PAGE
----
Greedy developers love throwing up boxy, cookie-cutter mega-projects in L.A.’s unique, low-slung neighborhoods to make huge profits. And powerful, City Hall politicians, who rely on developer campaign contributions, can’t wait to approve the zoning changes and General Plan amendments that allow developers to build them. But according to real estate website Redfin Real-Time, these developers and politicians are pushing exactly what people don’t want!

“Another [national] trend that has emerged in this year’s hottest neighborhoods is that buyers are looking for homes and neighborhoods with character,” Redfin Real-Time reported in January. “Redfin agents report that many buyers are bypassing ‘cookie cutter’ homes in neighborhoods that didn’t make our rankings for the charming original architecture and tree-lined streets that give neighborhoods like Ukrainian Village in Chicago and Mount Pleasant in Washington D.C. their unique personalities.”

We’ve been noting for some time that City Hall-approved mega-projects are destroying neighborhood character, displacing longtime residents and causing traffic nightmares. So developers and politicians are not only creating those serious problems that turn L.A. into an unlivable mess, but they are also making neighborhoods less attractive for potential buyers.

Redfin Real-Time offered up its insights for an article about the “hottest neighborhoods” in the U.S. and what makes them that way. With L.A.’s broken, unfair, rigged development approval system turning out more and more over-sized, cookie-cutter projects, it should come as no surprise that none of L.A.’s neighborhoods made Redfin Real-Time’s 2016 top ten list for the hottest places to live in the nation.

That honor went to neighborhoods in Chicago; Nashville; Minneapolis; Austin, Texas; Washington D.C.; Ventura and Irvine in California; Baltimore and Seattle.

Redfin Real-Time also found that buyers want housing that’s affordable, but L.A. developers and politicians keep jamming expensive, luxury housing complexes and towers into our communities. It makes one wonder if L.A. will end up with “ghost neighborhoods” where luxury high-rises have few tenants. After all, that’s been happening infamously in China.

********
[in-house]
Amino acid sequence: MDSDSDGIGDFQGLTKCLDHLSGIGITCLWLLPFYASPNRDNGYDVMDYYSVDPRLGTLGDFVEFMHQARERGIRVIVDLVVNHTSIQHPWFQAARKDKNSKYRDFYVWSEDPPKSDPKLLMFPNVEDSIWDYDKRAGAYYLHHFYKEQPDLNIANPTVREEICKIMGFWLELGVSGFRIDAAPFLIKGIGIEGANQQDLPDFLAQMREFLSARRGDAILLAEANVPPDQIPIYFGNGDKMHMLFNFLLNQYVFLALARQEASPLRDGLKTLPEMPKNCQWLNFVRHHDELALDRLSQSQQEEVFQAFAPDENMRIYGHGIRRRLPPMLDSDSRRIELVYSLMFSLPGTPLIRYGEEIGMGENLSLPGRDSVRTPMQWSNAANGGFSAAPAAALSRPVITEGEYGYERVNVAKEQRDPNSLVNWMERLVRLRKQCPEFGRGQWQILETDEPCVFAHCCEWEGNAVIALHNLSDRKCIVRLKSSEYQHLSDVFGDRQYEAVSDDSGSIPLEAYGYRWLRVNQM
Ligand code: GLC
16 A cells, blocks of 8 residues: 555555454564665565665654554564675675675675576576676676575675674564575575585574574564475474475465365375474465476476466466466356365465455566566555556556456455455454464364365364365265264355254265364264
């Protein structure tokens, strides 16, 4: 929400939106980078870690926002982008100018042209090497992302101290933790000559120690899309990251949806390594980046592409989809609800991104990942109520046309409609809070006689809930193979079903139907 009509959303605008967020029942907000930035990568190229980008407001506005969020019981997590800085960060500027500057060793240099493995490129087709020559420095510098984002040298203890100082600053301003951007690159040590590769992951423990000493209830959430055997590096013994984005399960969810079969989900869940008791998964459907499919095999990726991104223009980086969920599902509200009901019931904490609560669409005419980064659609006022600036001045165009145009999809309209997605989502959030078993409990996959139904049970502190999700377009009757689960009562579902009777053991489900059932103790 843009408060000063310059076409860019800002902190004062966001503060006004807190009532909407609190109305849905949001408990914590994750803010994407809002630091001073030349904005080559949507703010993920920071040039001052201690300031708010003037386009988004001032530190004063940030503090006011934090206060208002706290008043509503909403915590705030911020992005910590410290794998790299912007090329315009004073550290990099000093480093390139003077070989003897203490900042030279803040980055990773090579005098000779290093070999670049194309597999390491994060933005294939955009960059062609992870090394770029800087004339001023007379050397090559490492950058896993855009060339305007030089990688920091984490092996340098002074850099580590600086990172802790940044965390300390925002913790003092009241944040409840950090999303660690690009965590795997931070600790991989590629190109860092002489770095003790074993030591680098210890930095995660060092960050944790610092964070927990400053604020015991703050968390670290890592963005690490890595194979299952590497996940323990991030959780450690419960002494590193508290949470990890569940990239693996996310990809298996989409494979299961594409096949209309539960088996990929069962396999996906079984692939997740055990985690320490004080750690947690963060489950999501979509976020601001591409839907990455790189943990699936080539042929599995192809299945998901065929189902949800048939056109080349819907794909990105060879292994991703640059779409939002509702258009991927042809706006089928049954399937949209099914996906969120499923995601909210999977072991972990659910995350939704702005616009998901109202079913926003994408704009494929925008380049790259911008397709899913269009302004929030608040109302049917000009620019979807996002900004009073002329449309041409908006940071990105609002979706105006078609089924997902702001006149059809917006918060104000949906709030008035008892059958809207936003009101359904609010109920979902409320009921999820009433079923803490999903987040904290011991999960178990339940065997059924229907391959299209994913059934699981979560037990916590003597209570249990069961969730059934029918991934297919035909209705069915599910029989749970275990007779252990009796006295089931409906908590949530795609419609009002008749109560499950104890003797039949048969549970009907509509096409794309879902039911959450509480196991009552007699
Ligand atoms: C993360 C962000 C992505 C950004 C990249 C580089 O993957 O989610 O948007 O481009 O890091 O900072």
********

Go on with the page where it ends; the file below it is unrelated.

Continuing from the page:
Additionally, the website noted, people want to live in neighborhoods that “offer the stores, coffee shops and short rides to downtown that make communities livable.”

All of this only further points to the fact that L.A.’s broken and rigged development approval system, which is manipulated by greedy, short-sighted developers and regularly disregards a community’s desires and concerns, needs reform. And that’s what the Coalition to Preserve L.A. is offering with the Neighborhood Integrity Initiative.

Follow us on Facebook, Twitter and Instagram.

More News You May Like

City Hall For Sale: Casden Properties of Casden West LA Mega-Project Spent $1.3 Milli... Since 2000, billionaire developer Alan Casden and his representatives have spent a whopping $1,396,660 to curry favor from L.A. politicians, according...
Rich Housing Helps the Poor? Sunset Boulevard Billboard Makes You Laugh Till You Cry Don't lose control of your car when you see the Coalition to Preserve L.A.'s newest billboard on Sunset Boulevard, just a few blocks east of Highland....
Powerful City Hall Lobbyists Raised $124,046 For Los Angeles Politicians in First Qua... Powerful City Hall lobbyists, who are popular hired guns among developers, raised a whopping $124,046 in the first quarter of 2016 for seven City Coun...
Why Is Los Angeles City Council Playing Games with Paramount Pictures Redevelopment? Today, the Los Angeles City Council again postponed a public hearing and vote on the controversial Paramount Pictures redevelopment project, making fo...
Is Frank Gehry Losing It? Eyesore Will Snarl Laurel Canyon from Sunset to SF Valley Below is an open letter by real estate agent Rory Barish, co-founder of Save Sunset Blvd., in which Barish decries the City Planning Department's upbe...


Comments